Flying statue makes Scotsman nervous
By WILL JACKSON
WATCHING his huge galvanised steel statue fly over Byron Bay, artist Andy Scott was feeling a little uneasy.
"Even though we'd done a practice run that morning, and we knew it was going to be fine, I was still a bit nervous," the Scotsman said.
Suspended by its neck, the four-metre high Argestes Aqua was gently lowered by helicopter to a site near the lighthouse on Thursday. A plinth had been flown in minutes earlier.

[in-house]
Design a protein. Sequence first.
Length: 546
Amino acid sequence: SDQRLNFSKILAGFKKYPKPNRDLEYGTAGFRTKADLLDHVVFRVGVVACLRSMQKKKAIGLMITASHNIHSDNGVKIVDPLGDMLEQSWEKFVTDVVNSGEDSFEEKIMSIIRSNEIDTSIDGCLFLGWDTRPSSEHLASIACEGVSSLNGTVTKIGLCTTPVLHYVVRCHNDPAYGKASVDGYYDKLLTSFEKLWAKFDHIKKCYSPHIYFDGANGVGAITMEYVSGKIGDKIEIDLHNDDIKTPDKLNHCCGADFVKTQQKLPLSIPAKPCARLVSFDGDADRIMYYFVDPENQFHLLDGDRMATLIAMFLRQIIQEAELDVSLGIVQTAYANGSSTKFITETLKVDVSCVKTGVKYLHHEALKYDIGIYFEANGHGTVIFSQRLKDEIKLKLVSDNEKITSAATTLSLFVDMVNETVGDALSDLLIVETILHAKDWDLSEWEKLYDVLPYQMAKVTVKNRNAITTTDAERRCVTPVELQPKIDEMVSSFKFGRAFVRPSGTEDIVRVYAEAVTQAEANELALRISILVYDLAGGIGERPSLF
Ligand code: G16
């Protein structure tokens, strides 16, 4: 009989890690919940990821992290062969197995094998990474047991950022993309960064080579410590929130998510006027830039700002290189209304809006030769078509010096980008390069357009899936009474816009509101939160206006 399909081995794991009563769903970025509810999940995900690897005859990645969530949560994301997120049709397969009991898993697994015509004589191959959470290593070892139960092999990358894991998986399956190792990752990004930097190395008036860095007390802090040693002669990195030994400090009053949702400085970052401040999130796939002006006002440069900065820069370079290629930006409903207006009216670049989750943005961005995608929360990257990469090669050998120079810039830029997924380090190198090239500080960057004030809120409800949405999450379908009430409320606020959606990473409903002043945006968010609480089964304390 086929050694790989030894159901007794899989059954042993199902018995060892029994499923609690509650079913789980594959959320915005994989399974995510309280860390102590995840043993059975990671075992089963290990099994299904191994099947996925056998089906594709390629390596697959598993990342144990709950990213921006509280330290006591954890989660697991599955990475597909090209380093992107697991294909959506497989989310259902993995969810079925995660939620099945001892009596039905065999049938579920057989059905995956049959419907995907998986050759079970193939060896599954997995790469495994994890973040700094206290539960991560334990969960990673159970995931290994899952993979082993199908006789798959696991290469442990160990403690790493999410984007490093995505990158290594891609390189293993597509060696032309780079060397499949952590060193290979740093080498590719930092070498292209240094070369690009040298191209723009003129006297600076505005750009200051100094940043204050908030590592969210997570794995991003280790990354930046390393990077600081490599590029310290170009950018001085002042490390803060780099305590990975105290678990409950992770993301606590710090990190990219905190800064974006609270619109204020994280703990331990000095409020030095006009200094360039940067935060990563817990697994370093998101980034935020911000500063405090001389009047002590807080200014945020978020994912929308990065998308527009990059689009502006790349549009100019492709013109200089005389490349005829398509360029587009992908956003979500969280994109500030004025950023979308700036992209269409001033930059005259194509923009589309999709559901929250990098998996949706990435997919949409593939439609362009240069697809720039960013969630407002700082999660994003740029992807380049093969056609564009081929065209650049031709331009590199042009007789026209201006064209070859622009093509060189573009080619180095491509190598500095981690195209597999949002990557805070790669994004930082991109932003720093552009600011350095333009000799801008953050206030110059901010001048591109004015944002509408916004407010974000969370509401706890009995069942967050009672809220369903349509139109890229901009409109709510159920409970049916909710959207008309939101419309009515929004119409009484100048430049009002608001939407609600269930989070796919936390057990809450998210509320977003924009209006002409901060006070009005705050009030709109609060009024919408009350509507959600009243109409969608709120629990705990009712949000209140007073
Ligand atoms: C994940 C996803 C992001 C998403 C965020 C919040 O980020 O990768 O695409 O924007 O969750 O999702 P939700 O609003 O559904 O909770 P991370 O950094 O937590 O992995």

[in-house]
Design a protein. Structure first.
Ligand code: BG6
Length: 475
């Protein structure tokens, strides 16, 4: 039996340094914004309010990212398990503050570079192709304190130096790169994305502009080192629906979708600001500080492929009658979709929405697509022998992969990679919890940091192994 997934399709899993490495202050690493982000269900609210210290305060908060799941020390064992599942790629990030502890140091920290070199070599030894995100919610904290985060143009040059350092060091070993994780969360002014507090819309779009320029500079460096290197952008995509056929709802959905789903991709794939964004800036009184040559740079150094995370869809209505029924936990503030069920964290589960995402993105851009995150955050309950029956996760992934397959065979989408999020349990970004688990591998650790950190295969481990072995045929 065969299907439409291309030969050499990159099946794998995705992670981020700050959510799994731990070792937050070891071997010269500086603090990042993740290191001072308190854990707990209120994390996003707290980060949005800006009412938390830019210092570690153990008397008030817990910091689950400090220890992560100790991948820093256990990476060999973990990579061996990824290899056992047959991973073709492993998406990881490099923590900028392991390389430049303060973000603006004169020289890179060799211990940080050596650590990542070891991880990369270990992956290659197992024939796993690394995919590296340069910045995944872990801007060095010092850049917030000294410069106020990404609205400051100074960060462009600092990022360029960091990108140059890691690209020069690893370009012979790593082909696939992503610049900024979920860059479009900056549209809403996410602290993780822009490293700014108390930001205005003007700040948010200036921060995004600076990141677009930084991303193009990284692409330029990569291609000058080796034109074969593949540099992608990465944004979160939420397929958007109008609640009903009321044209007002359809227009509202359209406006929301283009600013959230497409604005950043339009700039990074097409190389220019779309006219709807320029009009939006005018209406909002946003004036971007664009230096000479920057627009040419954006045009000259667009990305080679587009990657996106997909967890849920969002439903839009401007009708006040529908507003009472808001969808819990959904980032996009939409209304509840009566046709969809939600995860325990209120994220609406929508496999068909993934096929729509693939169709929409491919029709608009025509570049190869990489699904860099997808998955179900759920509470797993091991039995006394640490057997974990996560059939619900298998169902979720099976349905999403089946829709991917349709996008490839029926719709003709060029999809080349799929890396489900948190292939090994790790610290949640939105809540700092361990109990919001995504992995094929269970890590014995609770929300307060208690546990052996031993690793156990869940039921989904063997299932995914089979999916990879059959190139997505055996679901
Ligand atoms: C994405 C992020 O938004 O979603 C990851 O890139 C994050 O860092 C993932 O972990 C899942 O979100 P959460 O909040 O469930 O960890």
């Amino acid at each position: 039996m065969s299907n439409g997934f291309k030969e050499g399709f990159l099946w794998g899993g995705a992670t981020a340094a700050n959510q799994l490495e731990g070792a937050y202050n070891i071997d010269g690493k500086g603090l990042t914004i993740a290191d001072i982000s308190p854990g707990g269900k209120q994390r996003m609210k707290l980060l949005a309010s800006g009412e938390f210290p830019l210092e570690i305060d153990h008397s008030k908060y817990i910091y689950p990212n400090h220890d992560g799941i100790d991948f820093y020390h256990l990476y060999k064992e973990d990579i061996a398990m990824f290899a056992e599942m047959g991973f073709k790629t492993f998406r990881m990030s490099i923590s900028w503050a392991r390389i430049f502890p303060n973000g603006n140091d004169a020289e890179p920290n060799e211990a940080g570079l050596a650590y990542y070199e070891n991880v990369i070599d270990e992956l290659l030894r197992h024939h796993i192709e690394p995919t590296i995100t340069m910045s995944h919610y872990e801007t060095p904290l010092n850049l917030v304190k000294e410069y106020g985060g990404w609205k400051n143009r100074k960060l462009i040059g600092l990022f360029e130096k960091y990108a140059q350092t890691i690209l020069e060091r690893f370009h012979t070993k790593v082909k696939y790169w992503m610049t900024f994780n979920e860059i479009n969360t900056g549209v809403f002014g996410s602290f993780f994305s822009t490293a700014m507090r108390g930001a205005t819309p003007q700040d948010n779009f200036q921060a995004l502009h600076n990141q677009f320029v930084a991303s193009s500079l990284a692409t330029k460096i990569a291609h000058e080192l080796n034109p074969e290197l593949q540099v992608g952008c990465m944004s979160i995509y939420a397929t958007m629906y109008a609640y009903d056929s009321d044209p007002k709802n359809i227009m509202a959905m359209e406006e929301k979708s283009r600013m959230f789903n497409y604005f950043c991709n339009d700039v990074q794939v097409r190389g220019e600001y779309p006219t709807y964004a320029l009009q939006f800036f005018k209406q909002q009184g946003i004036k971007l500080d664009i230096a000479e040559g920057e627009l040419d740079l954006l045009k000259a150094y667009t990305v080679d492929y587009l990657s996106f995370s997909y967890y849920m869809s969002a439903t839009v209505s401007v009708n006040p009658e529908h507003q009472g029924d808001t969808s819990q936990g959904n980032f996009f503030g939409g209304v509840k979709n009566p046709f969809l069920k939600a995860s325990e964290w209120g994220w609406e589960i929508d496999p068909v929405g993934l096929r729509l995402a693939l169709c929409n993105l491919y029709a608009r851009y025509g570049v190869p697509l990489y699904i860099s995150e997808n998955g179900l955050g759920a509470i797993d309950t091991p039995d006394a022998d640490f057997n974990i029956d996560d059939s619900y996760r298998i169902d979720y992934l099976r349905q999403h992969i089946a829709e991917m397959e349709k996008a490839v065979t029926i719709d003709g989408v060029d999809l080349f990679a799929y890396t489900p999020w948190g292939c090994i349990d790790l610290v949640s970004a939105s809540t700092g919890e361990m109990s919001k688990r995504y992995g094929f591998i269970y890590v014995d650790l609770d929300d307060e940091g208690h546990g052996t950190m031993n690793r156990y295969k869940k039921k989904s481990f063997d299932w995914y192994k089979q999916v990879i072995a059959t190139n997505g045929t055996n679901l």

The 260kg sculpture is part of the artsCape exhibition, which features the work of 50 sculptors over the entire cape. It opens tomorrow and runs until July 11.
The piece incorporates several features that relate to its location.
"He's facing the sea but he's chained to the land. He's also holding a brass seafarers warning bell and a 'windrose'," Andy said.
"Argestes is Latin for 'the east wind' and Aqua means 'water'."
The whole exercise went off without a hitch, artsCape spokesperson Louise Beaumont said.
"It only took about 30 minutes."
Because of safety concerns, the organisers kept quiet about the air lift beforehand. Only a lucky few onlook- ers witnessed the amazing sight.